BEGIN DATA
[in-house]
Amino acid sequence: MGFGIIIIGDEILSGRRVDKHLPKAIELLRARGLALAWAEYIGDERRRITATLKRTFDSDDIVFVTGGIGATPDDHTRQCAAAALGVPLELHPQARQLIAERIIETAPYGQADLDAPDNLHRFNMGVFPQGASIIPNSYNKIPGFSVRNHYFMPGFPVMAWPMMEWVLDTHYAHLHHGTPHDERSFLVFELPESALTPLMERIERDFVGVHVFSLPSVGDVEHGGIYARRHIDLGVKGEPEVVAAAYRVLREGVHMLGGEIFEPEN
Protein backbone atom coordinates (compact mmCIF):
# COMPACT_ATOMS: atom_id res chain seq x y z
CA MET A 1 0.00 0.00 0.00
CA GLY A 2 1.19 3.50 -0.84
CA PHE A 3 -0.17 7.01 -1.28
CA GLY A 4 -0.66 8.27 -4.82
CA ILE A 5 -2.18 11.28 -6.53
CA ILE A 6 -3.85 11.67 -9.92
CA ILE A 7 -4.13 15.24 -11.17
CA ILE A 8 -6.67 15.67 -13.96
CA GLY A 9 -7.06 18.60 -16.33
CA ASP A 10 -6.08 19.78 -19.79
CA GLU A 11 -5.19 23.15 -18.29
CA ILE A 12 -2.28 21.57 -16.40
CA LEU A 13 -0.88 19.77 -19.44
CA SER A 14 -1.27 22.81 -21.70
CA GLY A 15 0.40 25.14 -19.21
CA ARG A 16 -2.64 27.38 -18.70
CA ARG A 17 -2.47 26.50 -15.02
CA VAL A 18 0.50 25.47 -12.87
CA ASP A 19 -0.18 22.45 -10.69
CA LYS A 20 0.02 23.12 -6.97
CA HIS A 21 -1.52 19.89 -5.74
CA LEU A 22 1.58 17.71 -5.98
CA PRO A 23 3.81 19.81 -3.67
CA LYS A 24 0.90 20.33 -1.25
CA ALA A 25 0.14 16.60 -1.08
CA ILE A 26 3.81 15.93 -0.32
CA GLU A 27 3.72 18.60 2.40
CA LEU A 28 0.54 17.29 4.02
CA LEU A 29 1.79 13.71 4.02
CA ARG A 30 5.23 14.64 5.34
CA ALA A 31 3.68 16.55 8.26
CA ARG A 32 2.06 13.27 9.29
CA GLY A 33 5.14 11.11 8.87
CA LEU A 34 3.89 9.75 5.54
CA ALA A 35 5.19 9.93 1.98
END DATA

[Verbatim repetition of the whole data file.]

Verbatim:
[in-house]
Amino acid sequence: MGFGIIIIGDEILSGRRVDKHLPKAIELLRARGLALAWAEYIGDERRRITATLKRTFDSDDIVFVTGGIGATPDDHTRQCAAAALGVPLELHPQARQLIAERIIETAPYGQADLDAPDNLHRFNMGVFPQGASIIPNSYNKIPGFSVRNHYFMPGFPVMAWPMMEWVLDTHYAHLHHGTPHDERSFLVFELPESALTPLMERIERDFVGVHVFSLPSVGDVEHGGIYARRHIDLGVKGEPEVVAAAYRVLREGVHMLGGEIFEPEN
Protein backbone atom coordinates (compact mmCIF):
# COMPACT_ATOMS: atom_id res chain seq x y z
CA MET A 1 0.00 0.00 0.00
CA GLY A 2 1.19 3.50 -0.84
CA PHE A 3 -0.17 7.01 -1.28
CA GLY A 4 -0.66 8.27 -4.82
CA ILE A 5 -2.18 11.28 -6.53
CA ILE A 6 -3.85 11.67 -9.92
CA ILE A 7 -4.13 15.24 -11.17
CA ILE A 8 -6.67 15.67 -13.96
CA GLY A 9 -7.06 18.60 -16.33
CA ASP A 10 -6.08 19.78 -19.79
CA GLU A 11 -5.19 23.15 -18.29
CA ILE A 12 -2.28 21.57 -16.40
CA LEU A 13 -0.88 19.77 -19.44
CA SER A 14 -1.27 22.81 -21.70
CA GLY A 15 0.40 25.14 -19.21
CA ARG A 16 -2.64 27.38 -18.70
CA ARG A 17 -2.47 26.50 -15.02
CA VAL A 18 0.50 25.47 -12.87
CA ASP A 19 -0.18 22.45 -10.69
CA LYS A 20 0.02 23.12 -6.97
CA HIS A 21 -1.52 19.89 -5.74
CA LEU A 22 1.58 17.71 -5.98
CA PRO A 23 3.81 19.81 -3.67
CA LYS A 24 0.90 20.33 -1.25
CA ALA A 25 0.14 16.60 -1.08
CA ILE A 26 3.81 15.93 -0.32
CA GLU A 27 3.72 18.60 2.40
CA LEU A 28 0.54 17.29 4.02
CA LEU A 29 1.79 13.71 4.02
CA ARG A 30 5.23 14.64 5.34
CA ALA A 31 3.68 16.55 8.26
CA ARG A 32 2.06 13.27 9.29
CA GLY A 33 5.14 11.11 8.87
CA LEU A 34 3.89 9.75 5.54
CA ALA A 35 5.19 9.93 1.98